I learned to bristle and let it go.

    I also learned that when I bristle, I’m probably hearing something I need to hear — and change. When I hear bad advice, I just ignore it. I don’t bristle and feel the urge to justify what I’m doing.

    But I still didn’t buy into several of their ideas. The one I doubted the most was being able to write well without a ton of rewriting. Well, I was wrong. The workshop absolutely proved that my writing was better when I didn’t do a lot of rewriting.

    I also knew I couldn’t write as fast as they said. I didn’t even think I could type that fast. But the workshop proved to me that I could. Easily, in fact.

    And of course, I couldn’t make any more time than I was already making (virtually none). Go figure, I learned I could make the time if I chose, that I could have an incredibly busy life and still be producing new writing on a regular basis. While knowing this hasn’t led to doing it (regularly), I know that’s all my fault.

    Now I know that if Kris or Dean say something that puts my back up, it’s dead-on.

    So for the people who doubt the advice: Try it.

  24. Honestly? I don’t give a damn what they call me as long as I can make a living doing it. Pen-whore? Bring it on. I write, I have written, I am an author. I am a writer. (But not I author).
    I wrote for 20 years or more without feeling the need to send my work to publishes. But when my life changed, I did and I was fortunate enough to find publishers. Same stuff. Same dedication. Same writing. Same person, come to that.

  25. Sotirios Fox says:

    Wait, was Scott Pinzon’s comment removed? Or am I just commenting on the wrong post?

    In either case, now I feel kinda silly. Ah well. I guess this comment can be removed as well, in that case. Allons-y!

    • dwsmith says:

      Yup, I removed Scott’s post and my two responses to it. I just decided there was no point in walking that path again into the myths. I’ve dealt with them before. But thanks for the great comment Sotirios. Appreciated. Just sorry I couldn’t let it through. But I liked it. (grin)

  26. Great reading. I am BOTH a writer and an author! Thanks! Tweeted your article.

  27. Frank Coles says:

    Hmm, when I became an author three years ago, it killed the writing career I’d had for nearly two decades before that (even though I hadn’t realised that’s what it was the first ten years).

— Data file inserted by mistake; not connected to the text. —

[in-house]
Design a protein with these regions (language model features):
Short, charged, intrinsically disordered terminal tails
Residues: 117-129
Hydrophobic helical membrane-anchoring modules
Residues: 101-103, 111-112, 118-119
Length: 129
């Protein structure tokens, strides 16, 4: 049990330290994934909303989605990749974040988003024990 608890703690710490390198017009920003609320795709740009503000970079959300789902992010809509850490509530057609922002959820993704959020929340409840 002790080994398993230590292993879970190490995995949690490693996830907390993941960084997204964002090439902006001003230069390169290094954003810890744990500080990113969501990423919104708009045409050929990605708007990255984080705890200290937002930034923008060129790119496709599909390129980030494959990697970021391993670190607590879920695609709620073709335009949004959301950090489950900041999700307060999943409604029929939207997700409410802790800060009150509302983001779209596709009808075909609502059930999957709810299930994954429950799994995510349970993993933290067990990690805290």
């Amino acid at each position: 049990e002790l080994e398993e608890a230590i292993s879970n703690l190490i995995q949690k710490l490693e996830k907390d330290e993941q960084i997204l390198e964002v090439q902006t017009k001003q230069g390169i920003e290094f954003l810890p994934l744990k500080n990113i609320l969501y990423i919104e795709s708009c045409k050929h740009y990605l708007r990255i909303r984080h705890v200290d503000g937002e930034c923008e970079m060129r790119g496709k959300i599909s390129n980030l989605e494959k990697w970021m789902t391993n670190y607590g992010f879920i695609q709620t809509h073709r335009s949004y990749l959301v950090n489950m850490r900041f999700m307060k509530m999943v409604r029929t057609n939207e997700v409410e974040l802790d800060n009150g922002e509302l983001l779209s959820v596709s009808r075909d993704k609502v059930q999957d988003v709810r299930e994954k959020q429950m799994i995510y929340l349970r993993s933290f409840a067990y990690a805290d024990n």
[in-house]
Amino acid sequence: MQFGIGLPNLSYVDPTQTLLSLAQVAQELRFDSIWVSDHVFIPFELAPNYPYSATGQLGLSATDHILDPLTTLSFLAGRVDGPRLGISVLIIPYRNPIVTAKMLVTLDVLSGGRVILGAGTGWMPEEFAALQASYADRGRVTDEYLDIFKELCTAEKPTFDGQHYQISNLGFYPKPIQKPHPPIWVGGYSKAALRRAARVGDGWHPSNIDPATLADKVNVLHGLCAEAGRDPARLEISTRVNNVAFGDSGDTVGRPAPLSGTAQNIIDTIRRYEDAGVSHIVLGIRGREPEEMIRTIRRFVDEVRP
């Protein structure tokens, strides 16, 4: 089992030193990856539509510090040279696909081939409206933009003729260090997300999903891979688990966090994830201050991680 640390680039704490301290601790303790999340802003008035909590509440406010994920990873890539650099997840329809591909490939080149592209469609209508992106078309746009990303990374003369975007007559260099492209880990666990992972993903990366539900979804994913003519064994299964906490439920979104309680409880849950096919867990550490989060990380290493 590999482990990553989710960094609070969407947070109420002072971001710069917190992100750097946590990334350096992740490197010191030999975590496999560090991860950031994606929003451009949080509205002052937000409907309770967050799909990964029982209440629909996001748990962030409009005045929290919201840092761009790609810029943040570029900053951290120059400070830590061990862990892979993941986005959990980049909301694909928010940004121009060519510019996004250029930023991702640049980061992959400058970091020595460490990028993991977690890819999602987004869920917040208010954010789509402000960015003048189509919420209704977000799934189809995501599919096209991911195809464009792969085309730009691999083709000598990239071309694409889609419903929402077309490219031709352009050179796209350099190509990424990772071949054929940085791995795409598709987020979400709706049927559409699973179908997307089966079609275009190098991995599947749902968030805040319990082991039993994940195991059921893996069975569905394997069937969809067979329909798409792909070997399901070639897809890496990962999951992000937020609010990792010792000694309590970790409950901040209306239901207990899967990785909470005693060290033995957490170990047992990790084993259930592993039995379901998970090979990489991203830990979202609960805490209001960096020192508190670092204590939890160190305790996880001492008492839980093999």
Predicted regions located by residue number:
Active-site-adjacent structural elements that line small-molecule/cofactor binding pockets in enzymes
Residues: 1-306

Anyhoo, I’ve taken back my site from my former publisher and have rebranded myself as a word-pimp on my new site (will launch end of week).

    Back in the days of my money-making-writing the subject line of my intro emails to new clients was always ‘pimping one’s arse’. Clients always got the point and liked it.

    After two sub-5k offers from publishers in the last two weeks, screw that, I’m going back to being a writer and making some coin, living mad adventures and being proud of what I do instead of feeling like a fraud. I may even write pro-bono now and again because you know what my old maxim was ‘write every day’.

    Just write. Nuff said.

  28. Julie Kolb says:

    Enjoyed this at 2 am when questioning my sanity, and the daring ego that uttered the words, ‘I am a writer’. What kind of fool am I to make such a statement? I am a bad writer, and I am ok with that. Everyone has to start somewhere.

  29. Dennis B. Boyer says:

    This is great. I was wondering what I should label my new facebook page as – author or writer?

    This article nails it for me.

    I have three self-published works.

    I have four current works-in-progress.

    I am a writer.

    Thanks, DWS.

  30. Jules Taylor says:

    Well Dean, I’m stumbling on this post a year after the fact, but I’ve got to say finding it is really timely for me. I love to read young adult paranormal romance books and have been secretly writing for years now. It’s sort of been a “vice” for me, because as a graduate student studying “capital L literature,” I was surrounded by people who completely looked down on it and were stuck up and proud of their literary works that were “really published,” even if they were only published for a run of 100 and will probably have no more than 150 people ever see or read them.

    I ended up leaving that graduate program and am getting ready to indie publish my first novel. I don’t plan to stop there and see myself writing what I love and putting them out on my own terms while I teach high school English to pay the bills. Your post was really inspiring. I’ll be following your blog from now on.